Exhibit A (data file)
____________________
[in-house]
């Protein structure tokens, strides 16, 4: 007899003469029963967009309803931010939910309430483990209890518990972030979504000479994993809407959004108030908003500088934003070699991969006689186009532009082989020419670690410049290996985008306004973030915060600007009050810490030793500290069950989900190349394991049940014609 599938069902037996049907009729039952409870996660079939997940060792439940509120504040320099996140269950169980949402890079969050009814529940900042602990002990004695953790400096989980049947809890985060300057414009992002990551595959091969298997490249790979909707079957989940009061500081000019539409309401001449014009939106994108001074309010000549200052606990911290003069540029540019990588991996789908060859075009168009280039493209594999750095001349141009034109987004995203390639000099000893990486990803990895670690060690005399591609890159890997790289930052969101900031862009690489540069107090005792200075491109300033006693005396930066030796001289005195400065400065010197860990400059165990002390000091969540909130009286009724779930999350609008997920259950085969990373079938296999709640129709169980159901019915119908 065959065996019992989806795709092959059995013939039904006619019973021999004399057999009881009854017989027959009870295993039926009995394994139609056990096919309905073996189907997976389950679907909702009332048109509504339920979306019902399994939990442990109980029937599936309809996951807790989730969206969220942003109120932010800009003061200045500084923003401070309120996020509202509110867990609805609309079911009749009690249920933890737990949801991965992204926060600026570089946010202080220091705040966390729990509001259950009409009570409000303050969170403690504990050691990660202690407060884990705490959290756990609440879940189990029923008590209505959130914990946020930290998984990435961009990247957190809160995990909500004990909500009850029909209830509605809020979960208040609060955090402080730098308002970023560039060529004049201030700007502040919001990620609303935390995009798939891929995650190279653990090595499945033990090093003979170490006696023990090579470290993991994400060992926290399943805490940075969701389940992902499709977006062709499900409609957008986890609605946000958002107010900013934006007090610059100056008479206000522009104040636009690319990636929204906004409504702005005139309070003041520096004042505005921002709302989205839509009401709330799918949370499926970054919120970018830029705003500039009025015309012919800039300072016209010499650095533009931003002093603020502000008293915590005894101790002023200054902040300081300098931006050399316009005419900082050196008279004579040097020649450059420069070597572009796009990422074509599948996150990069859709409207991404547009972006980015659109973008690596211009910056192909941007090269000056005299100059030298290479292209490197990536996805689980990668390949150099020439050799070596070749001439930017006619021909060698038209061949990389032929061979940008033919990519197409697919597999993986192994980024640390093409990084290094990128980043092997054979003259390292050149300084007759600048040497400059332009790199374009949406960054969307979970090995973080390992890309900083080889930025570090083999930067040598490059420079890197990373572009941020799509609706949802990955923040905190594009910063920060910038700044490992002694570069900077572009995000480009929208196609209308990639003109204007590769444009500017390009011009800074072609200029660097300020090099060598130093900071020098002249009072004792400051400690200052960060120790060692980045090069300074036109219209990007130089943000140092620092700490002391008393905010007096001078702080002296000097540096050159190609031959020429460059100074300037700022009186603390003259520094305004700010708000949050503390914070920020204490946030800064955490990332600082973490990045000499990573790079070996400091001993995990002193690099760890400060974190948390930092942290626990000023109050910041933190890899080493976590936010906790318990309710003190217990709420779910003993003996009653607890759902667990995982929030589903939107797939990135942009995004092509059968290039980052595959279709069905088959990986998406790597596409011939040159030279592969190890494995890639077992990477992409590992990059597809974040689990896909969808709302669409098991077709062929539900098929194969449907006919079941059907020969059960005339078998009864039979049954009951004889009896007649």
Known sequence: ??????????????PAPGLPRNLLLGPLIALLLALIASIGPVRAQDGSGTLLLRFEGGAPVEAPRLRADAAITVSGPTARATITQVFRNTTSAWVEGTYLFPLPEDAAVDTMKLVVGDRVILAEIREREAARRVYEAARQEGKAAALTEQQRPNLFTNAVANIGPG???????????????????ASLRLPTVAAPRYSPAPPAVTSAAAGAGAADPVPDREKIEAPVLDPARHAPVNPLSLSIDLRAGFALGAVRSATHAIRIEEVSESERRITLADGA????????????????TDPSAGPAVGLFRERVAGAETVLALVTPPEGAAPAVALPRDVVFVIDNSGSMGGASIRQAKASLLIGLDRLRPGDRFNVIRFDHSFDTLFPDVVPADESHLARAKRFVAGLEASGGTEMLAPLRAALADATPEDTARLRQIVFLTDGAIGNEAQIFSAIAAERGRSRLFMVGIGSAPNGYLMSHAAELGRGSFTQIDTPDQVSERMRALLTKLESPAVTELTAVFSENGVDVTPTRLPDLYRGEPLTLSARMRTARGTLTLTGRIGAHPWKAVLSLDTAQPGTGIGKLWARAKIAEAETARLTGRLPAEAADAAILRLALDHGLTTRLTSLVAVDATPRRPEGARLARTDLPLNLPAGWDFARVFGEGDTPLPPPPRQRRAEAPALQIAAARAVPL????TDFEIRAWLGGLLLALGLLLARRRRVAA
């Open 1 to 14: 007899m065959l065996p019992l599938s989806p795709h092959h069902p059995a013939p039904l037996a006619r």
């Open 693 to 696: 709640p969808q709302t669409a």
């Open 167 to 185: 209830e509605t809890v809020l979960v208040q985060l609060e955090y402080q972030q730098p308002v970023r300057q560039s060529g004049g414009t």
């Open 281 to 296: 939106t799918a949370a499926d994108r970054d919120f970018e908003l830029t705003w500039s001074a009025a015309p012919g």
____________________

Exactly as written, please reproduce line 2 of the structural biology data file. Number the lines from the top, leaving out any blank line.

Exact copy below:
């Protein structure tokens, strides 16, 4: 007899003469029963967009309803931010939910309430483990209890518990972030979504000479994993809407959004108030908003500088934003070699991969006689186009532009082989020419670690410049290996985008306004973030915060600007009050810490030793500290069950989900190349394991049940014609 599938069902037996049907009729039952409870996660079939997940060792439940509120504040320099996140269950169980949402890079969050009814529940900042602990002990004695953790400096989980049947809890985060300057414009992002990551595959091969298997490249790979909707079957989940009061500081000019539409309401001449014009939106994108001074309010000549200052606990911290003069540029540019990588991996789908060859075009168009280039493209594999750095001349141009034109987004995203390639000099000893990486990803990895670690060690005399591609890159890997790289930052969101900031862009690489540069107090005792200075491109300033006693005396930066030796001289005195400065400065010197860990400059165990002390000091969540909130009286009724779930999350609008997920259950085969990373079938296999709640129709169980159901019915119908 065959065996019992989806795709092959059995013939039904006619019973021999004399057999009881009854017989027959009870295993039926009995394994139609056990096919309905073996189907997976389950679907909702009332048109509504339920979306019902399994939990442990109980029937599936309809996951807790989730969206969220942003109120932010800009003061200045500084923003401070309120996020509202509110867990609805609309079911009749009690249920933890737990949801991965992204926060600026570089946010202080220091705040966390729990509001259950009409009570409000303050969170403690504990050691990660202690407060884990705490959290756990609440879940189990029923008590209505959130914990946020930290998984990435961009990247957190809160995990909500004990909500009850029909209830509605809020979960208040609060955090402080730098308002970023560039060529004049201030700007502040919001990620609303935390995009798939891929995650190279653990090595499945033990090093003979170490006696023990090579470290993991994400060992926290399943805490940075969701389940992902499709977006062709499900409609957008986890609605946000958002107010900013934006007090610059100056008479206000522009104040636009690319990636929204906004409504702005005139309070003041520096004042505005921002709302989205839509009401709330799918949370499926970054919120970018830029705003500039009025015309012919800039300072016209010499650095533009931003002093603020502000008293915590005894101790002023200054902040300081300098931006050399316009005419900082050196008279004579040097020649450059420069070597572009796009990422074509599948996150990069859709409207991404547009972006980015659109973008690596211009910056192909941007090269000056005299100059030298290479292209490197990536996805689980990668390949150099020439050799070596070749001439930017006619021909060698038209061949990389032929061979940008033919990519197409697919597999993986192994980024640390093409990084290094990128980043092997054979003259390292050149300084007759600048040497400059332009790199374009949406960054969307979970090995973080390992890309900083080889930025570090083999930067040598490059420079890197990373572009941020799509609706949802990955923040905190594009910063920060910038700044490992002694570069900077572009995000480009929208196609209308990639003109204007590769444009500017390009011009800074072609200029660097300020090099060598130093900071020098002249009072004792400051400690200052960060120790060692980045090069300074036109219209990007130089943000140092620092700490002391008393905010007096001078702080002296000097540096050159190609031959020429460059100074300037700022009186603390003259520094305004700010708000949050503390914070920020204490946030800064955490990332600082973490990045000499990573790079070996400091001993995990002193690099760890400060974190948390930092942290626990000023109050910041933190890899080493976590936010906790318990309710003190217990709420779910003993003996009653607890759902667990995982929030589903939107797939990135942009995004092509059968290039980052595959279709069905088959990986998406790597596409011939040159030279592969190890494995890639077992990477992409590992990059597809974040689990896909969808709302669409098991077709062929539900098929194969449907006919079941059907020969059960005339078998009864039979049954009951004889009896007649």